Unveiling the Innovators—A Glimpse on Sufi-Salafi Polemics
2. The Relationship of Textualist Currents within Islam with Sufism—Some Examples
3. A Sufi Critique of Salafism
3.1. Some Aspects of a Sufi Critique of the Salafi Understanding of Islamic Concepts
And just as the Shari’a [sic] did not develop outside the framework of Islam, the Qur’an and the Sunna, even though it [sic] branches and knowledge encompassed many areas not mentioned verbatim in these sources, so too did tasawwuf develop based on the framework established by the Book and the Sunna and never did it step out of the bounds of these parameters.
Whosoever practices Sufism without legal knowledge is a heretic, whosoever [in turn] practices jurisprudence without Sufism is a deviator and who combines between the two has found the truth (man taṣawwafa wa-lam yatafaqqih fa-qad tazanndaqa wa-man tafaqqaha wa-lam yataṣawwaf fa-qad tafassaqa wa-man jamaʿa bainahumā fa-qad taḥaqqaqa).
The delusion that ‘no Islamic knowledge is hidden from me if only I decide to find it in the books,’ is the Westernized belief of the ‘Salafis’ who rebel against the idea of having an Imam of fiqh or tasawwuf (…). Therefore it [Islamic knowledge] is taken and understood NOT [original emphasis] from the books—as is taught by Jewish and Christian professors in non-Muslim academies—but from Allah’s awliya’, the scholars of knowledge who are the full beneficiaries of the Prophet (…).
Even if he fights the unbelievers and the polytheists with his sword until it breaks and is being stained red from blood, those who continiously remember Allah are better than him (lau ḍaraba bi-sayfihi fī l-kuffār wa-l-mushrikīn ḥatta yankasira wa-yakhtaḍiba damman la-kāna l-dhākirūn Allāh kathīr afḍal minhu).
The statement that counting dhikr on beads is an innovation is undoubtedly false. The use of beads for counting dhikr was definitely allowed by the Prophet, and a sunna of the Companions. This is proven by the sahih hadith of Sad ibn Abi Waqqas, who related that the Prophet once saw a woman using some date-stones or pebbles to count dhikr (…), and dit not prohibit her use of them.(Dawud, Tirmidhi, Nasai, Majah) (Kabbani 1998a, p. 37)
3.2. On the Status of the Prophet and Sound Belief
Whatever the majority of Muslims see as right, then this is good to Allah, and whatever is seen by the majority of Muslims as wrong, it is wrong with Allah
To prohibit that upon which the scholars have formed consensus is disbelief, because it exceeds the allowable prohibiting that is agreed upon in this topic.(as cited in Kabbani 1998b, p. 98)21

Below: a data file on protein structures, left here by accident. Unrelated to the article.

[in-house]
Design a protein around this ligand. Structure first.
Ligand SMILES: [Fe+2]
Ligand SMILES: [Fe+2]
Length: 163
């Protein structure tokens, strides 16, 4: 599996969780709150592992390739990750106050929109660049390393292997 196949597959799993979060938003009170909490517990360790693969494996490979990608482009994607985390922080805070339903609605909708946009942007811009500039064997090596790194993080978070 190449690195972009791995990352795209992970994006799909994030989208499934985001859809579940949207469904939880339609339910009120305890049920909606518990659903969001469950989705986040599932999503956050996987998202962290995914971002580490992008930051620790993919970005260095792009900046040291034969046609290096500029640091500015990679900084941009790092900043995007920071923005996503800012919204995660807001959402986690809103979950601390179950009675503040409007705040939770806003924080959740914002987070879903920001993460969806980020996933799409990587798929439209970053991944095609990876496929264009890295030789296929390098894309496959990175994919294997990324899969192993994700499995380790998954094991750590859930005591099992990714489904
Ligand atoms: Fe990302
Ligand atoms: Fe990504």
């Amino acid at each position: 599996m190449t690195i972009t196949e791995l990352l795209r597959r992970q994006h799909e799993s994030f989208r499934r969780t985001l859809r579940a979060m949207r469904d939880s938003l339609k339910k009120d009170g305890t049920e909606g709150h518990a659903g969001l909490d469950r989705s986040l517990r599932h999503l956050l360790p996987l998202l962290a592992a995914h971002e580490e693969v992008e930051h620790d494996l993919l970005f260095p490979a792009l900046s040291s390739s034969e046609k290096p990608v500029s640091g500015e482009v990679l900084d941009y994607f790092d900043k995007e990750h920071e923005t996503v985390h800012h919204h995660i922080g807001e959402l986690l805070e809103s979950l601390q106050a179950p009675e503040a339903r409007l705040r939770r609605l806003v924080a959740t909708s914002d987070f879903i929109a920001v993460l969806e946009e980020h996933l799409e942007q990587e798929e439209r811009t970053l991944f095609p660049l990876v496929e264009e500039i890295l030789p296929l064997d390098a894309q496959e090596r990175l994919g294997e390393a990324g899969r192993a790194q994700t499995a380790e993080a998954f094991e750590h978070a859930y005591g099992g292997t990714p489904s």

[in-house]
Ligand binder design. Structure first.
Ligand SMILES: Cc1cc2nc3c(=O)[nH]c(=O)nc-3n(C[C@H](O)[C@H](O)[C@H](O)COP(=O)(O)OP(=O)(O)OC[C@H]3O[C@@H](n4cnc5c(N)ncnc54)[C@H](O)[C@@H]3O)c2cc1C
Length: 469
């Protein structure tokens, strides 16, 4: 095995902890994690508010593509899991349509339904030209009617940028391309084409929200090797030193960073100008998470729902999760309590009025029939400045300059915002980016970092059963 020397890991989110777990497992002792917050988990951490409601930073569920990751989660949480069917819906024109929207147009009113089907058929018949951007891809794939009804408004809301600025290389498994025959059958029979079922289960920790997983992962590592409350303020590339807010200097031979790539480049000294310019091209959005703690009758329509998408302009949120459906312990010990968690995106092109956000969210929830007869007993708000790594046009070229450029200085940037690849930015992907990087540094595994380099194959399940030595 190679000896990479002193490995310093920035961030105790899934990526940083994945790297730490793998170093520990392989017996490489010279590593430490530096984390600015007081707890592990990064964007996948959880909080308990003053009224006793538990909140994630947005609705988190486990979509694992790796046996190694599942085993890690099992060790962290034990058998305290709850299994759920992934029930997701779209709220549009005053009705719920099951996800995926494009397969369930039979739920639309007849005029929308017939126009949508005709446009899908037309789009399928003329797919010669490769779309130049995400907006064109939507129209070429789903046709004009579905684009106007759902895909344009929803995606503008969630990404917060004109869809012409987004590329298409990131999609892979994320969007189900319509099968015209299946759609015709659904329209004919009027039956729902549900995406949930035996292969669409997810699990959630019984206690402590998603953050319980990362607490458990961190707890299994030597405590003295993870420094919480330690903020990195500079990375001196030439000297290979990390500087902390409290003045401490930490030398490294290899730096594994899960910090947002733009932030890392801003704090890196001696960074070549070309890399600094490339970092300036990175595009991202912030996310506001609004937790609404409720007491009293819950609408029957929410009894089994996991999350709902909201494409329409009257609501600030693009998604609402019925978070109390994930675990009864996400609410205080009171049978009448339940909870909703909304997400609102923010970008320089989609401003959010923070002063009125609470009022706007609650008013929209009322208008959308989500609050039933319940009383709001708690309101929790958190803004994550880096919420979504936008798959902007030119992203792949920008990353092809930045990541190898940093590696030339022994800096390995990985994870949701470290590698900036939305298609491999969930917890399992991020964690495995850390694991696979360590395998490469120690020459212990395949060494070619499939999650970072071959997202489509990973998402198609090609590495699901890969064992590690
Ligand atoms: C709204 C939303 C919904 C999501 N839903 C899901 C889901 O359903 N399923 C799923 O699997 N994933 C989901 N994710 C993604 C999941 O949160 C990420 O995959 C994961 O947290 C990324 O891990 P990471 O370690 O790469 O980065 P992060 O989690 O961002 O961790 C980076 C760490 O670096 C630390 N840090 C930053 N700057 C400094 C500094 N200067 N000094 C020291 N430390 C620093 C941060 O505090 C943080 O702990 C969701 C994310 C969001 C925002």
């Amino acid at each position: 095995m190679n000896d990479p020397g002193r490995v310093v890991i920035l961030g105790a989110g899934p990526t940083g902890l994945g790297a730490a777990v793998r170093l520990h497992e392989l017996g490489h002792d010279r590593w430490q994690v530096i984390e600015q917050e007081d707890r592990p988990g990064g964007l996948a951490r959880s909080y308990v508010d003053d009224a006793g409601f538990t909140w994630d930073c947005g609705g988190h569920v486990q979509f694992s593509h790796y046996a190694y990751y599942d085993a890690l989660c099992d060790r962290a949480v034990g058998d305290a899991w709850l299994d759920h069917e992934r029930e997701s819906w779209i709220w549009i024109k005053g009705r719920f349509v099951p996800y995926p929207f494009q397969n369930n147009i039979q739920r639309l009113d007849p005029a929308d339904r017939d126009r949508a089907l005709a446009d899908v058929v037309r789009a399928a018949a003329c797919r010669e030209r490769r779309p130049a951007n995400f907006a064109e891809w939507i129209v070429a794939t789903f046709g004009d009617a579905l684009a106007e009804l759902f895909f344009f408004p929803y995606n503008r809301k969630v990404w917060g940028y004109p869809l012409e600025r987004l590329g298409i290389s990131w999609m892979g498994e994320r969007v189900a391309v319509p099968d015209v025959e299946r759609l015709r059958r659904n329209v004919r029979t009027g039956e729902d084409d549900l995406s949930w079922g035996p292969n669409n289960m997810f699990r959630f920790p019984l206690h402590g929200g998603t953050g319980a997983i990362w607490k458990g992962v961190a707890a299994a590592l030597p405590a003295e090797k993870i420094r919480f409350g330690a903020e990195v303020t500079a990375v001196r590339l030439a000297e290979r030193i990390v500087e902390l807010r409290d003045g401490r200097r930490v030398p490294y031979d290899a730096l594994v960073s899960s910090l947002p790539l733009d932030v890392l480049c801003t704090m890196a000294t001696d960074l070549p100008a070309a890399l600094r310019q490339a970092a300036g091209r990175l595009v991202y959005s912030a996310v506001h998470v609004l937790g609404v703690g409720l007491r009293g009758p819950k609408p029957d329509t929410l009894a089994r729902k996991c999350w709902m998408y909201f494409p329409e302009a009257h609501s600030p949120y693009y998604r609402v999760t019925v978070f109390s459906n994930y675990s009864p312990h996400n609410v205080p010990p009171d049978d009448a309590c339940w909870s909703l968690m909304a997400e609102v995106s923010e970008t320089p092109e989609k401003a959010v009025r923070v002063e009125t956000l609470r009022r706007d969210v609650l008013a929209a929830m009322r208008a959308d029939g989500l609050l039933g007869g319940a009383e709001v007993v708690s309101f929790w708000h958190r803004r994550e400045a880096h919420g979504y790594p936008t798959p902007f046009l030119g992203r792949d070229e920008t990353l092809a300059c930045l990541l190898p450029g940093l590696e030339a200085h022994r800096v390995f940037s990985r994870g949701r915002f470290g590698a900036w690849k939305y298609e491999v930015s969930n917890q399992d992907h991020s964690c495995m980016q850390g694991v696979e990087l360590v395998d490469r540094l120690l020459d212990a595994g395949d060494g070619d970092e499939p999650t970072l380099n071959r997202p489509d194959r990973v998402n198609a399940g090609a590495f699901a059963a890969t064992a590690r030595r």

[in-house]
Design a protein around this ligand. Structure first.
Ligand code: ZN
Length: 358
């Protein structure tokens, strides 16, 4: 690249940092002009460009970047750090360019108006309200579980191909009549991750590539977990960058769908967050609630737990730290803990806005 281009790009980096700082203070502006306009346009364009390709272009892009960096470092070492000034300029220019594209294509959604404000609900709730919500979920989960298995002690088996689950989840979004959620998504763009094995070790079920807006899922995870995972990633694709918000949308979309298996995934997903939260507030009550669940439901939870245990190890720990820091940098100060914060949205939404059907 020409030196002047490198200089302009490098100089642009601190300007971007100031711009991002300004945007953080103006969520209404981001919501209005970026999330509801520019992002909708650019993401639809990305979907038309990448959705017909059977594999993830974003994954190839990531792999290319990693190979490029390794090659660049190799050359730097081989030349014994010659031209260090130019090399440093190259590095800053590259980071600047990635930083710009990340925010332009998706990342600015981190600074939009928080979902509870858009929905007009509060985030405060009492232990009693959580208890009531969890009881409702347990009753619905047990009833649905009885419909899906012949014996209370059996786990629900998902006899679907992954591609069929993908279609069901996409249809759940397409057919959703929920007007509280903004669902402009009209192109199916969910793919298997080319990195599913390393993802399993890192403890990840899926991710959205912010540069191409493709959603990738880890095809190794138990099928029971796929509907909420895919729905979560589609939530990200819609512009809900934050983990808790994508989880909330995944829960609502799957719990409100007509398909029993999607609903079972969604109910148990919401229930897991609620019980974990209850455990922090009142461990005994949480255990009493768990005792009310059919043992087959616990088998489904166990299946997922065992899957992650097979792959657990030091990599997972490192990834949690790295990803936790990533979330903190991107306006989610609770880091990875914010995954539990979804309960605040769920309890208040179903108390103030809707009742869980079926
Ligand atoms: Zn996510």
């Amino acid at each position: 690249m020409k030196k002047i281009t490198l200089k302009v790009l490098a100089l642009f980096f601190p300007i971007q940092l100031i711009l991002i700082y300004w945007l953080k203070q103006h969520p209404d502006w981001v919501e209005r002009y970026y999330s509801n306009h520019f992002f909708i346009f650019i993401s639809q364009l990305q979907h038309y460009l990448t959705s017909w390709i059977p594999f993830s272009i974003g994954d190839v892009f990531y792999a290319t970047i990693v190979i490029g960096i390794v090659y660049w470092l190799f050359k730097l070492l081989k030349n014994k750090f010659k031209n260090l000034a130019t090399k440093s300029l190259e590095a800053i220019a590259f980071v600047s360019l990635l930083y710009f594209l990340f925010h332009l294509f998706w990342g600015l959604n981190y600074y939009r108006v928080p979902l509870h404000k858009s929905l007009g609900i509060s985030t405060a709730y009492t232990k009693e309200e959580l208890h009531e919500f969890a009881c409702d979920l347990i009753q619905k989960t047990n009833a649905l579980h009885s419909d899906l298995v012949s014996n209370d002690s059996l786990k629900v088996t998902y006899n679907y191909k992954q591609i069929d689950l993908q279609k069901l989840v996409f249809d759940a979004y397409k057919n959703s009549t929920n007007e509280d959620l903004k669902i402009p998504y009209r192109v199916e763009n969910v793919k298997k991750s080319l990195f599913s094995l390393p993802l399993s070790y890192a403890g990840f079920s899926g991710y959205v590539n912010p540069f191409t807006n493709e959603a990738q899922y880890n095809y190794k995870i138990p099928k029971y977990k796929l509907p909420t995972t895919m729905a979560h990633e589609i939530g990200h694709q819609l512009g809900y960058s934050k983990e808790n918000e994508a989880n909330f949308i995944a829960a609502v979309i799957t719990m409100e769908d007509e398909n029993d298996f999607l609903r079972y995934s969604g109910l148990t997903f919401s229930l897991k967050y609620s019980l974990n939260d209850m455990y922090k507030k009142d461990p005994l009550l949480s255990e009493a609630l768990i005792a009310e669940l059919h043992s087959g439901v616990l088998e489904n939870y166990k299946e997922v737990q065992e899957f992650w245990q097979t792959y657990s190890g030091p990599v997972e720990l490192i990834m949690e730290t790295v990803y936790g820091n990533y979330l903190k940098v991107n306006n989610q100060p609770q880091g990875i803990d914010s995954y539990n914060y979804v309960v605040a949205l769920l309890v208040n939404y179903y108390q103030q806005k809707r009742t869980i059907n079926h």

The recurrence of such historical incidents teach us time and again that the Salafis of today, like the Wahhabis before them, like Ibn Taymiyya and his student, did not make up all of their positions but took many of them from previous anthropomorphists, such as the Barbaharis and Karramis of Baghdad who raged in the fourth, fifth, and sixth centuries and were put down each time (…)
The Prophet therefore meant to determine what she worshipped. When she said: in the ‘heaven,’ -- and another narration says that she made a sign towards the heaven -- it was understood that she was a believer in oneness. He meant by this line of questioning the disavowal of the gods of the earth (nafi al-aliha al-ardiyya) which are the idols, not the establishment of the heaven as a location for Allah, and Allah is greatly exalted from the sayings of the wrong-doers!
He [al-ʿUthaymīn] continues his explicit similes (“just as the sun…”) with royal indifference to his blatant commitment of tamthil [comparing God to his creation] (…). Since when do created things serve as an analogy for the Creator? (…) No rational person can say that such a meaning is meant here, for when the person at prayer prostrates, he does not draw near to a body nor to Allah’s body. This proves that the proximity in question is that of his mercy, and that the words ‘in front of him’ in the above hadith mean that Allah is looking over him and taking account of his works—not that He is there literally, which would be ascribing to Him a place, and this is an aberration.
3.3. On the Bad Character of Salafis
It is ironic that under all such lying charges, the ‘Salafis‘ cannot hide the fact that they are seldom seen bringing anyone into Islam, while the Naqshbandis whom they attack have brought thousands and tens of thousands into Islam! (…) ‘The Salafis’ have declared loud and clear that their aim is to destroy Islam from within, while wearing the cloak of Islam.
he remains the qibla of the people of Innovation [sic], self-styled re-formers of Islam, and other ‘Salafi’ and Wahhabi sympathizers, and the preferred author of book merchants and many uneducated Muslims.
He advocates in his Salat al-Nabi the formula “Peace and blessings upon the Prophet” instead of “upon you, O Prophet” in the tashahhud in contradiction of the Four Sunni Schools, on the basis of a hadith of Ibn Mas’ud whereby the Companions used the indirect-speech formula after the passing of the Prophet. But the Prophet himself instructed them to pray exactly as he prayed saying: “Peace and blessings upon you, O Prophet” without telling them to change it after his death, nor did the major Companions (whose Sunna we were ordered to imitate together with that of the Prophet), such as Abu Bakr and ‘Umar, teach the Companions and Successors otherwise!